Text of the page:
Insights into the world’s oldest pile carpet

Prepared for analysis using an x-ray fluorescence microscope: Fibres from the historical Pazyryk carpet embedded in epoxy resin (left). The image on the right shows standard samples that the researchers fermented and dyed themselves as a comparison.
(Photo: FAU/Dr. Andreas Späth)

Picture of the Pazyryk carpet (middle) and the Al spatial distribution in fermented and non-fermented crossections of control hairs (top) and carpet hair (bottom).

The “Pazyryk carpet” at The State Hermitage Museum in St. Petersburg, Russia is one of the most exciting examples of Iron Age Central Asian craftsmanship. It is the oldest known pile carpet in the world (~ 400 B.C.). Although this carpet had been buried in a kurgan tomb under harsh conditions for almost 2.5 millennia, it still exhibits vivid colors. The renowned Swiss newspaper “NZZ am Sonntag” has reported on the outstanding research at PSI.

Experts on traditional dyeing techniques had assumed that this might be related to the use of a special dyeing technique based on previous fermentation of the sheep wool. Fermentation with G. candidum yeast leads to an increased permeability of the wool cuticle layers during the dyeing process. Fermented wool can be recognized by a characteristic abduction of the outermost cuticle layers that is visible by electron microscopy.

It has been possible to link several cultures with the fermentation technique and to track its use back to the 17th century. However, the more extensively the respective textile has been used or exposed to weathering the less color pigments are typically left of the cuticle layers. The Pazyryk carpet has no significant cuticle left at all. Therefore, it was necessary to detect the distribution of the applied dyeing pigments along cross-sections of the respective carpet fibers. High-resolution XRF imaging at the PHOENIX beamline has proven a deeper and more efficient penetration of pigments into the wool fibers when the fermentation technique had been applied.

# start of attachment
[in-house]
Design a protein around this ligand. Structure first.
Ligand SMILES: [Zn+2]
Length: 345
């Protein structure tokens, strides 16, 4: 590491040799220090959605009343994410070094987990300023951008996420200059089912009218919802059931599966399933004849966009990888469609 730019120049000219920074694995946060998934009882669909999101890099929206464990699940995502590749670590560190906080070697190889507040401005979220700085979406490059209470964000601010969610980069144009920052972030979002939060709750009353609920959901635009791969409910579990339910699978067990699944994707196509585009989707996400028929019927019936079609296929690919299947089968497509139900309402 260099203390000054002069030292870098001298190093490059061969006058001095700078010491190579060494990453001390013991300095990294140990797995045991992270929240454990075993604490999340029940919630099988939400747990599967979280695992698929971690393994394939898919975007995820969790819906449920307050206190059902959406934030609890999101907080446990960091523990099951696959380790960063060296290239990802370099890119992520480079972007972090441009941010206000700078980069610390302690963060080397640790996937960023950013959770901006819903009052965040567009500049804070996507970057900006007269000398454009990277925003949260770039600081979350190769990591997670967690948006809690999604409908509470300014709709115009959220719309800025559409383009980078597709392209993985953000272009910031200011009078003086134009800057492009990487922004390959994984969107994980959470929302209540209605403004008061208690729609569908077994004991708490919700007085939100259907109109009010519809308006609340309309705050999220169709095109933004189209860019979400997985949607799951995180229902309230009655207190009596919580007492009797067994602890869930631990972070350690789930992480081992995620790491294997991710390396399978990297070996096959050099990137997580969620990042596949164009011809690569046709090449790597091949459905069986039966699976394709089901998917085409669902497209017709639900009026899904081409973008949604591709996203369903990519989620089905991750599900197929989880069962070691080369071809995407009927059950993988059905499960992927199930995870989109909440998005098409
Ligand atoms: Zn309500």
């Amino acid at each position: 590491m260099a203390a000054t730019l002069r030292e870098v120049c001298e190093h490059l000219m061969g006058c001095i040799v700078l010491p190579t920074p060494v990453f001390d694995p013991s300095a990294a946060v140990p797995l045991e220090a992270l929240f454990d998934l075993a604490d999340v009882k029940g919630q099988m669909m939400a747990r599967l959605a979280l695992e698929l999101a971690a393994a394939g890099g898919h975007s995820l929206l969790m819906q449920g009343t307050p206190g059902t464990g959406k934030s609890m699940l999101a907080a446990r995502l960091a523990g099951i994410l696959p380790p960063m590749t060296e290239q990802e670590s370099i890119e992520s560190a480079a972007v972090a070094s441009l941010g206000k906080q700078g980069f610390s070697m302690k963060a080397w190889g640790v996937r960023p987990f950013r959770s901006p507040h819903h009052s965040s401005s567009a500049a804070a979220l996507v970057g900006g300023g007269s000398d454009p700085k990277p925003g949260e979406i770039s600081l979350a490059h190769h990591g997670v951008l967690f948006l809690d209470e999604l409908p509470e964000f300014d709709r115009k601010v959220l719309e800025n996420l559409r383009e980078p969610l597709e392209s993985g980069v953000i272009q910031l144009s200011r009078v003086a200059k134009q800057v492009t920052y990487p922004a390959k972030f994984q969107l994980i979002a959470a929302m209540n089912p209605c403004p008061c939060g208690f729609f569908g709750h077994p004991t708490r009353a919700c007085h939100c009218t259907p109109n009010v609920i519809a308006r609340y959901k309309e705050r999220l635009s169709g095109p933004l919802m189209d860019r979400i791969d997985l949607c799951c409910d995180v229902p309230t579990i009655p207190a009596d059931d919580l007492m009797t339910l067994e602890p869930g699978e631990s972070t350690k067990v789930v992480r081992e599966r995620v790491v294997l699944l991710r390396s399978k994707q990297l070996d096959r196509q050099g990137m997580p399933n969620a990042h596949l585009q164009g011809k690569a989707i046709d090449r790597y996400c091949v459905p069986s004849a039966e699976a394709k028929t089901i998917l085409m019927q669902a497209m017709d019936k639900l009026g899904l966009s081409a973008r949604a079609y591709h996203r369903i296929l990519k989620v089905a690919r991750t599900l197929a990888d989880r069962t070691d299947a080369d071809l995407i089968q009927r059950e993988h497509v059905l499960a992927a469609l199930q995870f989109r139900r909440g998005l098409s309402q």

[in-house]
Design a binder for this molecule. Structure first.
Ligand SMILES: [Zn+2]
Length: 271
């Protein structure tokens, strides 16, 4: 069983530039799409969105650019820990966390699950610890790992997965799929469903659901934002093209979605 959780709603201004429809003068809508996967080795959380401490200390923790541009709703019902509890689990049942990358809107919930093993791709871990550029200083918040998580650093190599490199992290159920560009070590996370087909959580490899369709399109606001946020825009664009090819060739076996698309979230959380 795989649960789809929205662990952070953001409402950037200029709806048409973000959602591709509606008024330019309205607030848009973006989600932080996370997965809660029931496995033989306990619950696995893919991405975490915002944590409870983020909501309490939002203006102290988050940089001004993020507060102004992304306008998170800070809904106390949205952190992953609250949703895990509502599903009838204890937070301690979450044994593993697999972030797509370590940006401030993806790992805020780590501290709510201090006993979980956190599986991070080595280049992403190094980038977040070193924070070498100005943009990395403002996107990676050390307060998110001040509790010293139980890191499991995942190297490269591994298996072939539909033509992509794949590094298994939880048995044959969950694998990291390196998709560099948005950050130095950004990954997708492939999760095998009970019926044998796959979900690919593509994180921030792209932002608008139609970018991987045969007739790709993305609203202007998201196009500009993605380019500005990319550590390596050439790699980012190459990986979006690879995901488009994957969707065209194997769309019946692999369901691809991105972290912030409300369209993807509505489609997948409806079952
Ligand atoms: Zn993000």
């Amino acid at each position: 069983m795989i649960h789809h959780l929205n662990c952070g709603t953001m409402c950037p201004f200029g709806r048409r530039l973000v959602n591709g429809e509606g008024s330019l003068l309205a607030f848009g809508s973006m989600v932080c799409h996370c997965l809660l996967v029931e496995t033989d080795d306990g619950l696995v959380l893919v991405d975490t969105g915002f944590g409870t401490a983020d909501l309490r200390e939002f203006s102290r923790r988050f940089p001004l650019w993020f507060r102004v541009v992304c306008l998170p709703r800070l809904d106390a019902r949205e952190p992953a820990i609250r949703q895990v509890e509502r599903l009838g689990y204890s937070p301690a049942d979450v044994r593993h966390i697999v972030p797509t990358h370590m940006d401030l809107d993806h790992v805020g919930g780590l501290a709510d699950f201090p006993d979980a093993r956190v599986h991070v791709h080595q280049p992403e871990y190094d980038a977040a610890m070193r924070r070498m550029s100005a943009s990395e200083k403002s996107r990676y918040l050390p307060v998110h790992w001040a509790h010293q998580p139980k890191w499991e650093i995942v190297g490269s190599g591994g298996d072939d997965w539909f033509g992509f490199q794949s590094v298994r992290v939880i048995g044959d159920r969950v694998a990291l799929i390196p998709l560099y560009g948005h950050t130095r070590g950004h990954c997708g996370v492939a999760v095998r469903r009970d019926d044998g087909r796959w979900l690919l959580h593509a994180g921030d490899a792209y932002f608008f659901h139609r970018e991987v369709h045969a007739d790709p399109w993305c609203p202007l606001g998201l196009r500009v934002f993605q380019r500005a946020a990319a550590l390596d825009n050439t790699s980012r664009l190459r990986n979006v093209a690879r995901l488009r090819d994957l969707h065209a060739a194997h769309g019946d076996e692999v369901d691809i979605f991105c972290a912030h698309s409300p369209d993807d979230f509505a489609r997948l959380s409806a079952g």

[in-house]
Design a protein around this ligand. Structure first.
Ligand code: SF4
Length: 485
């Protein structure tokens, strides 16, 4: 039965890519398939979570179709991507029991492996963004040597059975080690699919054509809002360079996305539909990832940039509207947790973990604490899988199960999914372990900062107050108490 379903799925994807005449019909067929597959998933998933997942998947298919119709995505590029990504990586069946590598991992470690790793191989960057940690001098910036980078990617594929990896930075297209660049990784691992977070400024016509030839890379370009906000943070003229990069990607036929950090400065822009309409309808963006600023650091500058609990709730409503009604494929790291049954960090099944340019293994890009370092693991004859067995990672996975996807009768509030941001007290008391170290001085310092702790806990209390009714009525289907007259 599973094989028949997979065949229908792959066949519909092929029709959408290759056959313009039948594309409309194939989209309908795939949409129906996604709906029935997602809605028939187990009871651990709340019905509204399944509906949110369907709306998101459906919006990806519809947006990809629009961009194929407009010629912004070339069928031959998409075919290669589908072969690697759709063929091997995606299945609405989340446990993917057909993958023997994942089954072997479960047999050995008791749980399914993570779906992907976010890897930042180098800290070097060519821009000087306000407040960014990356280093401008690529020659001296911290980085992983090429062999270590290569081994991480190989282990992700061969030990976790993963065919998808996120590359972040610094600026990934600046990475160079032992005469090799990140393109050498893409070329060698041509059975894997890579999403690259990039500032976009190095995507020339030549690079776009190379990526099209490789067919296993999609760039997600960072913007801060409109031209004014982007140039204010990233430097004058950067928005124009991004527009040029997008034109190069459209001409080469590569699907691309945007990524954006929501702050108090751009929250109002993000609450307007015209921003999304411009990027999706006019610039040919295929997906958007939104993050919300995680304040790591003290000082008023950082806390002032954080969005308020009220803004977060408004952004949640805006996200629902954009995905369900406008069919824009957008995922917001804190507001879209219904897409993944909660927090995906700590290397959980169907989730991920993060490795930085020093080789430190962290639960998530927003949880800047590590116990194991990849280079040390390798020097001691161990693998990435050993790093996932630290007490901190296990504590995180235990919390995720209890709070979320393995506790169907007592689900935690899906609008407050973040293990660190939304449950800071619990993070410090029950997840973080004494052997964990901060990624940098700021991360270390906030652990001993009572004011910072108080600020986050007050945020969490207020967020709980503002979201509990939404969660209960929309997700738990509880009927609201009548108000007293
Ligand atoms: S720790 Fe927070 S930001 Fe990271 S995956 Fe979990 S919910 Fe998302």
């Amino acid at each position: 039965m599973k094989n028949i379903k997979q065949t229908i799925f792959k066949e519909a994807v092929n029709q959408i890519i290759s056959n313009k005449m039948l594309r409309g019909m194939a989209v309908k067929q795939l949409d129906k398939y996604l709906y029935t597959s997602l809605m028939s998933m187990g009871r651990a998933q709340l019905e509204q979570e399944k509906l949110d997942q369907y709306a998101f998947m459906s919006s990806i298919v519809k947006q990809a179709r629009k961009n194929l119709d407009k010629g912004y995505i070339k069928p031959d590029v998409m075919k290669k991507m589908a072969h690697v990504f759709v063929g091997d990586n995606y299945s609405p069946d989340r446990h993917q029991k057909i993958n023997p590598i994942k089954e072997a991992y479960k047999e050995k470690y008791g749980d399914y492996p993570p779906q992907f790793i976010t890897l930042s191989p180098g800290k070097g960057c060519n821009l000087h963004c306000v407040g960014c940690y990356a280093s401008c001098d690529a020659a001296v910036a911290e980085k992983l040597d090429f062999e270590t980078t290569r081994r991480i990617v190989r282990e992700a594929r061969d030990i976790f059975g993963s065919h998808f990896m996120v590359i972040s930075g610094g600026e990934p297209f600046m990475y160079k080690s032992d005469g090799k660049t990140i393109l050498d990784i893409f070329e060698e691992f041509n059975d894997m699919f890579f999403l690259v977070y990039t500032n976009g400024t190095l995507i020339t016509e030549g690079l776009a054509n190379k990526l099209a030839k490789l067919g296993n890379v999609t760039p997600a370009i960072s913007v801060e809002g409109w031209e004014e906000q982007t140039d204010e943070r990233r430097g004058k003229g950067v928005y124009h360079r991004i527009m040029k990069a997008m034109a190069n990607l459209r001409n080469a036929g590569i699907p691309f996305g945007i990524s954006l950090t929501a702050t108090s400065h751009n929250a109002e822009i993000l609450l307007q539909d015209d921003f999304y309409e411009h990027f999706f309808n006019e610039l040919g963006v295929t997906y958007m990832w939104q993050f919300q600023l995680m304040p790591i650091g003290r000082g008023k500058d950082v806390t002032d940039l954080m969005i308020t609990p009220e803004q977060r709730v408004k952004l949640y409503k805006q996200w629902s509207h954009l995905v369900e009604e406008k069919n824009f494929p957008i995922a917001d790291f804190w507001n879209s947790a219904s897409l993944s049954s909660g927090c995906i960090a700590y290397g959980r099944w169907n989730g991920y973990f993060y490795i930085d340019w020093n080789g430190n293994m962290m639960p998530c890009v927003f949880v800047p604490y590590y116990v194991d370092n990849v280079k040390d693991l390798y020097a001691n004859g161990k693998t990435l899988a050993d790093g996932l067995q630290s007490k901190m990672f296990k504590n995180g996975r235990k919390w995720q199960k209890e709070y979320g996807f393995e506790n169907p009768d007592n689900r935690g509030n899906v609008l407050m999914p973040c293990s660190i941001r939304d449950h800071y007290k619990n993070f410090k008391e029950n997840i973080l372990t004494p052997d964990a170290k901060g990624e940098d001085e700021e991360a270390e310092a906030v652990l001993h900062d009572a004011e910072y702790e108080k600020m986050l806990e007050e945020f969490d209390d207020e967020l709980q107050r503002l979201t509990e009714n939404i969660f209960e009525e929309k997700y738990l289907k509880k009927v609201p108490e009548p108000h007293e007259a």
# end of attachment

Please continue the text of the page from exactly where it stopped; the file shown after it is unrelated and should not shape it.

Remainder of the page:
The current project employed this special combination of high-resolution and high sensitivity to detect an Al distribution along the cross-section of single fibers from the Pazyryk carpet that is characteristic for fermented wool.

The results provide unique insights into the sophisticated craftsmanship of the Pazyryk culture and suggests that the fermentation technique may already been common knowledge amongst Iron Age textile dyers.

Text: Paul Scherrer Institute


Dr. Andreas Späth
Physical Chemistry II
Friedrich Alexander University Erlangen-Nuremberg
91058 Erlangen, Germany

Telephone: +49 9131 85 20944

Dr. Thomas Huthwelker
Swiss Light Source
Paul Scherrer Institut
Forschungsstrasse 111, CH-5232 Villigen PSI
Telephone: +41 56 310 53 14


Original Publication

X-ray microscopy reveals the outstanding craftsmanship of Siberian Iron Age textile dyers
Andreas Späth, Markus Meyer, Thomas Huthwelker, Camelia N. Borca, Karl Meßlinger, Manfred Bieber, Ludmilla L. Barkova, and Rainer H. Fink
Scientific Reports, 2021, 
DOI: 10.1038/s41598-021-84747-z